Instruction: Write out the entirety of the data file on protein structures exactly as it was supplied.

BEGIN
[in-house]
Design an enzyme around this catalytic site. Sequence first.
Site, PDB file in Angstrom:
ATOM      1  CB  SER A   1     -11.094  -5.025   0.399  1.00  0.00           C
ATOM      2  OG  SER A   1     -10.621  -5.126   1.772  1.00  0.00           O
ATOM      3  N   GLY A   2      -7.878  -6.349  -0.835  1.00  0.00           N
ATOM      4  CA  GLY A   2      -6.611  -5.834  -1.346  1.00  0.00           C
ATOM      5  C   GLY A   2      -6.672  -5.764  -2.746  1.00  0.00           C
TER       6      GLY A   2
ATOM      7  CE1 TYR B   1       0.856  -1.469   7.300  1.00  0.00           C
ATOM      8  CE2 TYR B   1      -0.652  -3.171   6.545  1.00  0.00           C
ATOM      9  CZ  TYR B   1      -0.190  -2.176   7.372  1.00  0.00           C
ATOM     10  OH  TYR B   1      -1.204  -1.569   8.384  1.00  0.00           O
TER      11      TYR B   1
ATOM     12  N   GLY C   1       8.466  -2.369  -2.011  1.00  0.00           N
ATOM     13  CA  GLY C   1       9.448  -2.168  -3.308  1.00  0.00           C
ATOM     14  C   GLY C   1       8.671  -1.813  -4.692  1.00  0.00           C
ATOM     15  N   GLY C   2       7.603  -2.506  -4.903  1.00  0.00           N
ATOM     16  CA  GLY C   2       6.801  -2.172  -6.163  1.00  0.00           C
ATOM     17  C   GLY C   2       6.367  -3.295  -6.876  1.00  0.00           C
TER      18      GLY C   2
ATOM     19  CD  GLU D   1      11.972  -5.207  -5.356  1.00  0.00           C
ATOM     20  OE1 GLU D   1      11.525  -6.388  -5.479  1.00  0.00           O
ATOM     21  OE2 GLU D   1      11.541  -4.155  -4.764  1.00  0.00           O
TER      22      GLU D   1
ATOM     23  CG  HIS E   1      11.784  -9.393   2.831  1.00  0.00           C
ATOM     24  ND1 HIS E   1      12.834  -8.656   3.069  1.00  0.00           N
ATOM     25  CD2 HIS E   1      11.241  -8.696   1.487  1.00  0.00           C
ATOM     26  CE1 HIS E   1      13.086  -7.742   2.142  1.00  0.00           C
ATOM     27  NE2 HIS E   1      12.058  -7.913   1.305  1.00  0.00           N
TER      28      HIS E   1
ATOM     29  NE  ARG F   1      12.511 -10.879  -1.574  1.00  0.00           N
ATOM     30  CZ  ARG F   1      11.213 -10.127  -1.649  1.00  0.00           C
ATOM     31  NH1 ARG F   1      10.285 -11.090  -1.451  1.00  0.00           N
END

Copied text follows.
[in-house]
Design an enzyme around this catalytic site. Sequence first.
Site, PDB file in Angstrom:
ATOM      1  CB  SER A   1     -11.094  -5.025   0.399  1.00  0.00           C
ATOM      2  OG  SER A   1     -10.621  -5.126   1.772  1.00  0.00           O
ATOM      3  N   GLY A   2      -7.878  -6.349  -0.835  1.00  0.00           N
ATOM      4  CA  GLY A   2      -6.611  -5.834  -1.346  1.00  0.00           C
ATOM      5  C   GLY A   2      -6.672  -5.764  -2.746  1.00  0.00           C
TER       6      GLY A   2
ATOM      7  CE1 TYR B   1       0.856  -1.469   7.300  1.00  0.00           C
ATOM      8  CE2 TYR B   1      -0.652  -3.171   6.545  1.00  0.00           C
ATOM      9  CZ  TYR B   1      -0.190  -2.176   7.372  1.00  0.00           C
ATOM     10  OH  TYR B   1      -1.204  -1.569   8.384  1.00  0.00           O
TER      11      TYR B   1
ATOM     12  N   GLY C   1       8.466  -2.369  -2.011  1.00  0.00           N
ATOM     13  CA  GLY C   1       9.448  -2.168  -3.308  1.00  0.00           C
ATOM     14  C   GLY C   1       8.671  -1.813  -4.692  1.00  0.00           C
ATOM     15  N   GLY C   2       7.603  -2.506  -4.903  1.00  0.00           N
ATOM     16  CA  GLY C   2       6.801  -2.172  -6.163  1.00  0.00           C
ATOM     17  C   GLY C   2       6.367  -3.295  -6.876  1.00  0.00           C
TER      18      GLY C   2
ATOM     19  CD  GLU D   1      11.972  -5.207  -5.356  1.00  0.00           C
ATOM     20  OE1 GLU D   1      11.525  -6.388  -5.479  1.00  0.00           O
ATOM     21  OE2 GLU D   1      11.541  -4.155  -4.764  1.00  0.00           O
TER      22      GLU D   1
ATOM     23  CG  HIS E   1      11.784  -9.393   2.831  1.00  0.00           C
ATOM     24  ND1 HIS E   1      12.834  -8.656   3.069  1.00  0.00           N
ATOM     25  CD2 HIS E   1      11.241  -8.696   1.487  1.00  0.00           C
ATOM     26  CE1 HIS E   1      13.086  -7.742   2.142  1.00  0.00           C
ATOM     27  NE2 HIS E   1      12.058  -7.913   1.305  1.00  0.00           N
TER      28      HIS E   1
ATOM     29  NE  ARG F   1      12.511 -10.879  -1.574  1.00  0.00           N
ATOM     30  CZ  ARG F   1      11.213 -10.127  -1.649  1.00  0.00           C
ATOM     31  NH1 ARG F   1      10.285 -11.090  -1.451  1.00  0.00           N